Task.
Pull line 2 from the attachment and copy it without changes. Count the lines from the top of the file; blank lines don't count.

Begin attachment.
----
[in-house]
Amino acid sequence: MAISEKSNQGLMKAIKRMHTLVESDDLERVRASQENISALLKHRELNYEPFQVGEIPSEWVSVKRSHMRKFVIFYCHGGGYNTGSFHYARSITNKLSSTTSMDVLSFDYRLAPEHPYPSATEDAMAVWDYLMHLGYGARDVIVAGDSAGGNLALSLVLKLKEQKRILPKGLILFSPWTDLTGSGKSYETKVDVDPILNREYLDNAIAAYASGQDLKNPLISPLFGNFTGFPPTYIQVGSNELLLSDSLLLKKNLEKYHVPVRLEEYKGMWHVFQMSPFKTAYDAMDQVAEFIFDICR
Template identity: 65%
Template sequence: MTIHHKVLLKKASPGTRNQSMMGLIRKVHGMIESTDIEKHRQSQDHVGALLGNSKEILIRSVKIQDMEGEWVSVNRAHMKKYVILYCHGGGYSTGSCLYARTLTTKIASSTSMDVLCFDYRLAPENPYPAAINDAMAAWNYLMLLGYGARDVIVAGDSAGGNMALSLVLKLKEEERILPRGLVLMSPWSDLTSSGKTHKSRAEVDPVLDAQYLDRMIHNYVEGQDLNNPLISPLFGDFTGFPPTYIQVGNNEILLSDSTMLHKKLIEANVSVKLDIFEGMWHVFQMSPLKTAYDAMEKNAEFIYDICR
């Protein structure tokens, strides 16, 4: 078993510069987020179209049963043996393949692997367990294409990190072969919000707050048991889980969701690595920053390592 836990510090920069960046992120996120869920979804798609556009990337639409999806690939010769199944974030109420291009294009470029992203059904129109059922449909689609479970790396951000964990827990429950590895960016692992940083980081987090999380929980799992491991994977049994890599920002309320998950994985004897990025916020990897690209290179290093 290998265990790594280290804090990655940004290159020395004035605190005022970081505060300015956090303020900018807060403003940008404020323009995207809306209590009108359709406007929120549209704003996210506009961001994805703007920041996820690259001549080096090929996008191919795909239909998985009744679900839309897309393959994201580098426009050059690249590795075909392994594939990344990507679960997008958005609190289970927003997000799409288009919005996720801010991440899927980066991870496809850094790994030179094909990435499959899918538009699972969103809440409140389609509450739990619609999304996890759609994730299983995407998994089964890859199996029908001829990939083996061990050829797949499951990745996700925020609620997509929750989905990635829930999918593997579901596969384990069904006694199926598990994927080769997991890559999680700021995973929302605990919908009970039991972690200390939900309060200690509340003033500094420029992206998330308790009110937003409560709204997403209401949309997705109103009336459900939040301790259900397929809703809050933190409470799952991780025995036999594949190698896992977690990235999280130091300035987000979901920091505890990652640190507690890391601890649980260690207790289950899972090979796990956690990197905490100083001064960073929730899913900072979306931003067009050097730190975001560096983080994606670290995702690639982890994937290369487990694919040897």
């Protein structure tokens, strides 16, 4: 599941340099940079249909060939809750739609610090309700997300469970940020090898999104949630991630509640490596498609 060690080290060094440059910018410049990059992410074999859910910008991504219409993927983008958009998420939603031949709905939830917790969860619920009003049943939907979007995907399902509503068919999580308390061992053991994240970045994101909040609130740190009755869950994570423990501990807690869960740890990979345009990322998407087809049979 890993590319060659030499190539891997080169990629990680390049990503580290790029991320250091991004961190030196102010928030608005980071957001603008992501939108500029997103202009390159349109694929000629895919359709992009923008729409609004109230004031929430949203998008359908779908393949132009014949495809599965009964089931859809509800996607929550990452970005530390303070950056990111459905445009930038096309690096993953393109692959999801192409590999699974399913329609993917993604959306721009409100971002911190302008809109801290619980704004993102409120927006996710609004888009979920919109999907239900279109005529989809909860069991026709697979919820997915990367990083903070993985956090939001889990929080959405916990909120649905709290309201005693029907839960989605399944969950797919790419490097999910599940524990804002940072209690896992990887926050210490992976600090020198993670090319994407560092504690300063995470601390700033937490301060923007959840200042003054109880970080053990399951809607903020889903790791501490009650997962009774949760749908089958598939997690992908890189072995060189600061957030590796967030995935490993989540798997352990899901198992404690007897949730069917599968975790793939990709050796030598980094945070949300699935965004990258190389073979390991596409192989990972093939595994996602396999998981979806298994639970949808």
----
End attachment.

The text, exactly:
Amino acid sequence: MAISEKSNQGLMKAIKRMHTLVESDDLERVRASQENISALLKHRELNYEPFQVGEIPSEWVSVKRSHMRKFVIFYCHGGGYNTGSFHYARSITNKLSSTTSMDVLSFDYRLAPEHPYPSATEDAMAVWDYLMHLGYGARDVIVAGDSAGGNLALSLVLKLKEQKRILPKGLILFSPWTDLTGSGKSYETKVDVDPILNREYLDNAIAAYASGQDLKNPLISPLFGNFTGFPPTYIQVGSNELLLSDSLLLKKNLEKYHVPVRLEEYKGMWHVFQMSPFKTAYDAMDQVAEFIFDICR